Jarl was silent.
“I’m the old Shinga,” Momma K said. “I’m retiring, and not because Jarl is forcing me to. I’ve been grooming him for this for years, but now events have forced our hand. The Warrens are our center of power, Brant, and they’re dying. Starvation is already a problem, but pestilence comes next. The Godking doesn’t care what happens here. He hasn’t set up any power structure at all. If we want to survive—and by we, I mean the Sa’kagé, but I also mean Cenaria and every wretched soul in the Warrens—things have to change. We can still get wagons and boats in; the soldiers check the cargoes for weapons, and they demand bribes, but we can survive that. What we can’t survive is what happens once every wagon that comes in loaded with food gets plundered. People are starving and there are no guards to stop the theft, and if one wagon is plundered, every wagon thereafter will be. If that happens, the merchants will stop sending anything in. Then everyone will die. We aren’t there yet, but we’re close.”
“So what are you going to do?” Brant asked.
“We’re going to set up a quiet government. Everyone knows me,” Momma K said. “I can hire bashers to guard wagons; I can adjudicate disputes; I can direct the building of shelters.”
“That makes you a target,” Brant said.
“I’m a target no matter what,” Momma K said. “We’ve lost some of the wetboys, and I don’t mean they’re dead. The wetboys swear a magically binding oath of obedience to the Shinga. The Godking has broken that bonding. I’ve learned that Hu Gibbet told the Godking who I was. Garoth doesn’t believe a woman could be the Shinga, so now he’s searching for the real one. But he might change his mind any day, whether I act publicly or whether I stay in the shadows. I can’t control that, so I might as well do what needs to be done.”
Momma K was as calm as any veteran warrior going into battle. She could tell that Brant Agon w
“Tell me my part,” Brant said.
Jarl said, “You take your pick of my men and make them wytch hunters. After that, I want you to make defenses we can use if the army comes to the Warrens in force. The Khalidorans have wytches, soldiers, and some of our best people on their side. The only reason I’m still alive is that they don’t know who I am. But welcome aboard.”
“My pleasure.” Brant Agon bowed awkwardly because of his injuries and followed a big bodyguard out the door.
When he was gone, Jarl turned to Momma K. “You didn’t tell me you knew each other.”
“I don’t think I do know this Brant Agon,” she said.
“Answer the question.”
A slight smile touched her lips, amused and a little proud that Jarl was taking command. “Thirty years ago Brant fell in love with me. I was naive. I thought I loved him, too, and I ruined him.”
“Did you love him?” Jarl asked, rather than ask what happened. The question was proof to Momma K that she’d chosen the right man to succeed her. Jarl could find cracks. But it was one thing to admire his ability, and another to experience it.
She smiled a smile that didn’t reach her eyes. It wouldn’t fool Jarl for a second, but after all these years, the mask was pure reflex. “I don’t know. I don’t remember. What does it matter?”
Gaelan Starfire is said to have thrown the blue ka’kari into the sea, creating the Tlaxini Maelstrom,” Neph said. “If so, it may well be there still, but I have no idea how we would recover it. The white has been lost for six centuries. We once believed it to be at the Chantry, but your grandmother disproved that. The green was taken to Ladesh by Hrothan Steelbender and lost. I verified that Hrothan arrived in Ladesh some two hundred and twenty years ago, but could find nothing more. The silver was lost during the Hundred Years’ War, and could be anywhere from Alitaera to Ceura, unless Garric Shadowbane somehow destroyed it. The red was cast into the heart of Ashwind Mountain—what is now Mount Tenji in Ceura—by Ferric Fireheart. The brown is rumored to be at the Makers’ school in Ossein, but I doubt it.”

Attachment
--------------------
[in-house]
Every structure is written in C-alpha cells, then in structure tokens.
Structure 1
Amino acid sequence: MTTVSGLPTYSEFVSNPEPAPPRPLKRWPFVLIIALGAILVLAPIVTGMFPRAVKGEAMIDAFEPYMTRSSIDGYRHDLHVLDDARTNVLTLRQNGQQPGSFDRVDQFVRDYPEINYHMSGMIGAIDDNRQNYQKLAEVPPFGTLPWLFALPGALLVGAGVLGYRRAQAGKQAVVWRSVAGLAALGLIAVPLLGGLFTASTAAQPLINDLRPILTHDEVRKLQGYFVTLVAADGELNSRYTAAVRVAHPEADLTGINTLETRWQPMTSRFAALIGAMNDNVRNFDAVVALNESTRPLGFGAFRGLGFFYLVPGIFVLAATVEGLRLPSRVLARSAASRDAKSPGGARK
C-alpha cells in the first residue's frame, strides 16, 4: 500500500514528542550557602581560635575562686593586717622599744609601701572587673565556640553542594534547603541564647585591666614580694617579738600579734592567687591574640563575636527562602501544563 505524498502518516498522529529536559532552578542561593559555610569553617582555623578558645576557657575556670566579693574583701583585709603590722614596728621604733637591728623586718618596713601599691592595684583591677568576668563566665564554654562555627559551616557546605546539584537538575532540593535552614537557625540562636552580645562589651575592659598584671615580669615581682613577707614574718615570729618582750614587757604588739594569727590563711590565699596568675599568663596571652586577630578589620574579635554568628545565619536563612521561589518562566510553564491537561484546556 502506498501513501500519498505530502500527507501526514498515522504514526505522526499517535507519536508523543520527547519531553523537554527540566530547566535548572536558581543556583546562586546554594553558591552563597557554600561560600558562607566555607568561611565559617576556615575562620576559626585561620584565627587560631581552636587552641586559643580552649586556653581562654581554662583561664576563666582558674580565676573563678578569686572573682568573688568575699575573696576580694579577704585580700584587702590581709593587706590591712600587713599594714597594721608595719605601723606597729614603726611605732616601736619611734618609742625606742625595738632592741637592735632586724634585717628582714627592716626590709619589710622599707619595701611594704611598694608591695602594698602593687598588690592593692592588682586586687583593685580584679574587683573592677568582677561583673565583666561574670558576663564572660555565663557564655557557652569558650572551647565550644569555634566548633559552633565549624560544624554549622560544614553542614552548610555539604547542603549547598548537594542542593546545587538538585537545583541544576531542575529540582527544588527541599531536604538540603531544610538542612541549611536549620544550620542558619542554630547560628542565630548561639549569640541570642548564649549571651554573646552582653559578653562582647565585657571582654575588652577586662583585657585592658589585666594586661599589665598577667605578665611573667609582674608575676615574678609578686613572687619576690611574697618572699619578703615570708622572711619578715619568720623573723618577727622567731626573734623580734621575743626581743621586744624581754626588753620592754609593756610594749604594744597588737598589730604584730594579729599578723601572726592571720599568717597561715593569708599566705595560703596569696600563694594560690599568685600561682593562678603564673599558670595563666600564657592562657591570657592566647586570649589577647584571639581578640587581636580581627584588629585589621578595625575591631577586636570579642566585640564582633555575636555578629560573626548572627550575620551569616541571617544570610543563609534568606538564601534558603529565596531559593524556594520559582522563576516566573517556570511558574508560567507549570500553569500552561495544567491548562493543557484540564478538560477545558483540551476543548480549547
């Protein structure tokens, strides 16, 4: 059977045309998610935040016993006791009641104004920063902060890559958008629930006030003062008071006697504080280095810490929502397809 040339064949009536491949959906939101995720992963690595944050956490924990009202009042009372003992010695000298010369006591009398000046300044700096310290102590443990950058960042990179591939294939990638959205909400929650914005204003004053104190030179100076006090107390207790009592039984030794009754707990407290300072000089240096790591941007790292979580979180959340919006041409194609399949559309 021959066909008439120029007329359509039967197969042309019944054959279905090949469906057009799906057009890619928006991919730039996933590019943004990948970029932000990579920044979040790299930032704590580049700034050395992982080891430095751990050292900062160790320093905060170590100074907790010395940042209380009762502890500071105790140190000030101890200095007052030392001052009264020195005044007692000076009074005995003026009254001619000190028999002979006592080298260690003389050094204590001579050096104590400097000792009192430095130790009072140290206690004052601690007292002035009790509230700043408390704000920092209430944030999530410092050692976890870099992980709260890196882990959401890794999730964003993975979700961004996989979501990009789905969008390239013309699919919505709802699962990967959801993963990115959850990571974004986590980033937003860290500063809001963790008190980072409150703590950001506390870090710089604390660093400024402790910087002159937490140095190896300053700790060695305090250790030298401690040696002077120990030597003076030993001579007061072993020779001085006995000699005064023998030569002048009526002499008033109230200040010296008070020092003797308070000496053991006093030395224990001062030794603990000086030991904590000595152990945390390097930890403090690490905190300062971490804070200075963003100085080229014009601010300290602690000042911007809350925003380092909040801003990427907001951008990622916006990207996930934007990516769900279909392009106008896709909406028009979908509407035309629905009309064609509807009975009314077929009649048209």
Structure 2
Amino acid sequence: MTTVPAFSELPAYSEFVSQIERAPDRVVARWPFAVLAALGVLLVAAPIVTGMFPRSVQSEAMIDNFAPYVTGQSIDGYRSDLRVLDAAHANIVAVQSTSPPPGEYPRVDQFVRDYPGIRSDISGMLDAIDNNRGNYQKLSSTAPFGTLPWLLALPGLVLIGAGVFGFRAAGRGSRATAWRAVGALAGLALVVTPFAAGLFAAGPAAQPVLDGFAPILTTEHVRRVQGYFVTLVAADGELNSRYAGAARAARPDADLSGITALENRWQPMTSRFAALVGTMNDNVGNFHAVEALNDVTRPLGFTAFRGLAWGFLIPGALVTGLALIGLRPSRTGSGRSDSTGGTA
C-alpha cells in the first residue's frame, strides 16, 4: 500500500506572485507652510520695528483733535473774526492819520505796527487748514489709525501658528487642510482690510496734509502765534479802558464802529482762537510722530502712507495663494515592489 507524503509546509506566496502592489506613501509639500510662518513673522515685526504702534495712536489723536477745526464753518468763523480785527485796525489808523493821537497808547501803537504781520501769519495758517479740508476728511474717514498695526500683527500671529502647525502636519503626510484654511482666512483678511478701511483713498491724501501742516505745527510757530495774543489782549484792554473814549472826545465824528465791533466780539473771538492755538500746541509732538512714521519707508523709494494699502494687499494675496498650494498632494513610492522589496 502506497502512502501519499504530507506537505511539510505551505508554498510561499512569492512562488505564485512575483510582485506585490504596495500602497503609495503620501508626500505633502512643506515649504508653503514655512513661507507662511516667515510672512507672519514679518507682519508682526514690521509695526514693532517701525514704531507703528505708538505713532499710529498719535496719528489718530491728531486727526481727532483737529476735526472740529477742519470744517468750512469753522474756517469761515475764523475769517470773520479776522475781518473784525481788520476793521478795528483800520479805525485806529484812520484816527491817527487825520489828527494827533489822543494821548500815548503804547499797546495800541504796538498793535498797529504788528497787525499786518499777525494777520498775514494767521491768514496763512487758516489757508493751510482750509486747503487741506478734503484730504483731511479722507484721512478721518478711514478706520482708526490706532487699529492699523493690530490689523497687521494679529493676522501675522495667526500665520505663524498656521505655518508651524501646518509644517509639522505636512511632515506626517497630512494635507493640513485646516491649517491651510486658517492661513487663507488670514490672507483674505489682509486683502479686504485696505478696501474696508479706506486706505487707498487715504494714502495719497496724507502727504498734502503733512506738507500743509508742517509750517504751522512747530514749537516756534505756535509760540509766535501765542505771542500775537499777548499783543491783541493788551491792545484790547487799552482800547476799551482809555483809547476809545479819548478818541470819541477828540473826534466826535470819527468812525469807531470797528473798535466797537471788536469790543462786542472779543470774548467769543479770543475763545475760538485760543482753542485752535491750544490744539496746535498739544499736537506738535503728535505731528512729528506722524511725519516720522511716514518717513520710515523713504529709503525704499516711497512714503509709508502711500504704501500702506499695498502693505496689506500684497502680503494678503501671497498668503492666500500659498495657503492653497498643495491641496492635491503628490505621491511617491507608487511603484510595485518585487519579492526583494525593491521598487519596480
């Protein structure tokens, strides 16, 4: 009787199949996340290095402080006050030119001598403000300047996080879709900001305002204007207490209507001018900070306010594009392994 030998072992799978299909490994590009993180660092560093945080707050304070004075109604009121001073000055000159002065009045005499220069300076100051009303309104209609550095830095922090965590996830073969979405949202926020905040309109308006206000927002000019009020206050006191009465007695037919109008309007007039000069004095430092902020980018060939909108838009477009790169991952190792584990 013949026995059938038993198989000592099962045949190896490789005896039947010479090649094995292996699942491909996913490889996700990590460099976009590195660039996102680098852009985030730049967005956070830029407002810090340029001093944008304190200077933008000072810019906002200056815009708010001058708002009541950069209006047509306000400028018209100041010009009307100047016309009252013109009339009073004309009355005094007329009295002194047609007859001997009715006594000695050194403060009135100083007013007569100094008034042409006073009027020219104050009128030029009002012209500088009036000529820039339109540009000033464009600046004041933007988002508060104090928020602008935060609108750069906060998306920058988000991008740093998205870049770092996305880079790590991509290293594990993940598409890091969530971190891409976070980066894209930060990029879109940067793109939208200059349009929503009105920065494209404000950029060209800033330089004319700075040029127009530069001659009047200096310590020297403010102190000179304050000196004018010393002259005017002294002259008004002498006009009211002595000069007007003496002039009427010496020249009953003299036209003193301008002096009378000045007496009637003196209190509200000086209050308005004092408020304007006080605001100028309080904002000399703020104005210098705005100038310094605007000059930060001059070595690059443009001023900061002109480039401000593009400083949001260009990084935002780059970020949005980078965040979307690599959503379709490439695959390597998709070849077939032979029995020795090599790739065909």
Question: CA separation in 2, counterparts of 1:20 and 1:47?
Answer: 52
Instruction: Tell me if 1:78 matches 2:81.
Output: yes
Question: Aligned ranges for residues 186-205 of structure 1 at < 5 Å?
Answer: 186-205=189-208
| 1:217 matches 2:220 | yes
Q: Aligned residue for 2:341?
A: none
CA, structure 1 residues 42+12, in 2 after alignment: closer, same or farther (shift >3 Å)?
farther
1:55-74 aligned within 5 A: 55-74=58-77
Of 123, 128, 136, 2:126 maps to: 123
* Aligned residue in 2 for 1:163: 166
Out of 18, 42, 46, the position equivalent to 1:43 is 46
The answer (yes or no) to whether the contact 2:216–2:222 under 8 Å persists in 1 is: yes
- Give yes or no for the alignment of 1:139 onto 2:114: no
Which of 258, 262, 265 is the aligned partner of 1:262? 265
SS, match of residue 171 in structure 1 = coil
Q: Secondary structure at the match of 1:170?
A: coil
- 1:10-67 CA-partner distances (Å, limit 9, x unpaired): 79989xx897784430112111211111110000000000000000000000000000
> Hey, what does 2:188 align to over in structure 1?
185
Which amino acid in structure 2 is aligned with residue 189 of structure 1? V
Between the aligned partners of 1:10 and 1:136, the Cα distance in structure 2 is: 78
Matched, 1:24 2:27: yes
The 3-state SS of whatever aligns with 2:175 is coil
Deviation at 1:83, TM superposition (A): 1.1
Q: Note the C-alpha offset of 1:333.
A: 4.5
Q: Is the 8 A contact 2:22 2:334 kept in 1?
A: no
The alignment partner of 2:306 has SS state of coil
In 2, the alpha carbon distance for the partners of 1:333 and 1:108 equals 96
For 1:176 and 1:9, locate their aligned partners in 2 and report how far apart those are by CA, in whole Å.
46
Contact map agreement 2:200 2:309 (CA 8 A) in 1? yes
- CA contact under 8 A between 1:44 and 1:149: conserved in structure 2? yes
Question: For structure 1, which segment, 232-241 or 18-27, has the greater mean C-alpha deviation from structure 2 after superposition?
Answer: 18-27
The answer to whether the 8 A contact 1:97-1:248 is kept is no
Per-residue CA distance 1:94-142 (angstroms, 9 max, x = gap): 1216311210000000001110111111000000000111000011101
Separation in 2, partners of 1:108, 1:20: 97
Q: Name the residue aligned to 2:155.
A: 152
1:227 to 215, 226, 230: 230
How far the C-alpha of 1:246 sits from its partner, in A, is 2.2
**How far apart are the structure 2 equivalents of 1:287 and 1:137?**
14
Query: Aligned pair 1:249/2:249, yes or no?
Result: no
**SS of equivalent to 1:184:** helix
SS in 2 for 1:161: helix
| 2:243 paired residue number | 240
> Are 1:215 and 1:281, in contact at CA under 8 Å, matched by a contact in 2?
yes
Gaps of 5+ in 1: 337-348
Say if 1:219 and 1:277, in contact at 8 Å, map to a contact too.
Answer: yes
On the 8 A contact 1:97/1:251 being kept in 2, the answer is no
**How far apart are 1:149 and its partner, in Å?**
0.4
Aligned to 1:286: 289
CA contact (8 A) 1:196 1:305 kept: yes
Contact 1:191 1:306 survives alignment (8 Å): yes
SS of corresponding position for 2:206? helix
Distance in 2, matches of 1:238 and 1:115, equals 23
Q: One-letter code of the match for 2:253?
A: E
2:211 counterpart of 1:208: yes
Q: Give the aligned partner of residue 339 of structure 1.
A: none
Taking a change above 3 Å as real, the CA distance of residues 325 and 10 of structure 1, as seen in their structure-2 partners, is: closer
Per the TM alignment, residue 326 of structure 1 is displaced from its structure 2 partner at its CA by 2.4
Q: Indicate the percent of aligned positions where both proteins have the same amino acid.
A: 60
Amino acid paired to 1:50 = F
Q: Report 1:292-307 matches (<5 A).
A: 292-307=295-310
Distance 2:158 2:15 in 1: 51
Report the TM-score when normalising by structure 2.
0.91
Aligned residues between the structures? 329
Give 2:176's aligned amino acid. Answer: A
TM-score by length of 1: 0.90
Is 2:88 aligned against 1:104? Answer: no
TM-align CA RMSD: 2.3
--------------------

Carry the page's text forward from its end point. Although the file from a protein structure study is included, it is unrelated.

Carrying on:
“Why?” Garoth Ursuul asked.
“I don’t think they could resist using it. With the mastery of earth, those petty Makers would become a hundred times more skilled in a heartbeat. Something they Made would appear sooner or later, and it would be clear that someone was Making at the level they did of old. That hasn’t happened. Either the men of that school are less ambitious than I believe possible, or it isn’t there. The other rumor was that it was bound into Caernarvon’s Blue Giant—the castle. I take that to be nothing more than a semi-educated boast. It’s not a particularly clever place to hide a ka’kari.”
“But we have a solid lead on the red?”
“When Vürdmeister Quintus passed through Ceura, he said that the explosions of Mount Tenji are at least partly magical. The problem with that, and with the blue, is that—even if we could get at it—there’s some doubt about whether even a ka’kari would be intact after having been exposed to so much elemental power for so long.”
“You don’t give me much, Neph.”
“It’s not exactly collecting seashells.” His voice sounded greasy. He hated that.
“A deep insight.” Garoth sighed. “And the black?”
“Not so much as a whisper. Not even in the oldest books. If what I Viewed was real, and the Ladeshian isn’t simply delusional, it’s the best kept secret I’ve ever heard of.”
“That is the point of a secret, isn’t it?” Garoth asked.
“Fetch our Ladeshian songbird. I’ll be needing some Dust.”
Elene wanted him to sell the sword. For the past ten nights, they’d played their parts as if they were wooden puppets. Except that once in a while even puppets got to play different roles.
“You don’t even look at it, Kylar. It just stays in that chest under the bed.” Her dark eyebrows pushed together, forming the little worry wrinkles that he was getting to know so well.
He sat on the bed, rubbing his temples. He was so tired of this. So tired of everything. Did she really expect him to answer? Of course she did. It was all words and wasted air. Why did women always believe that talking about a problem would fix it? Some issues were corpses. Hot air made them fester and rot and spread their disease to everything else. Better to bury it and move on.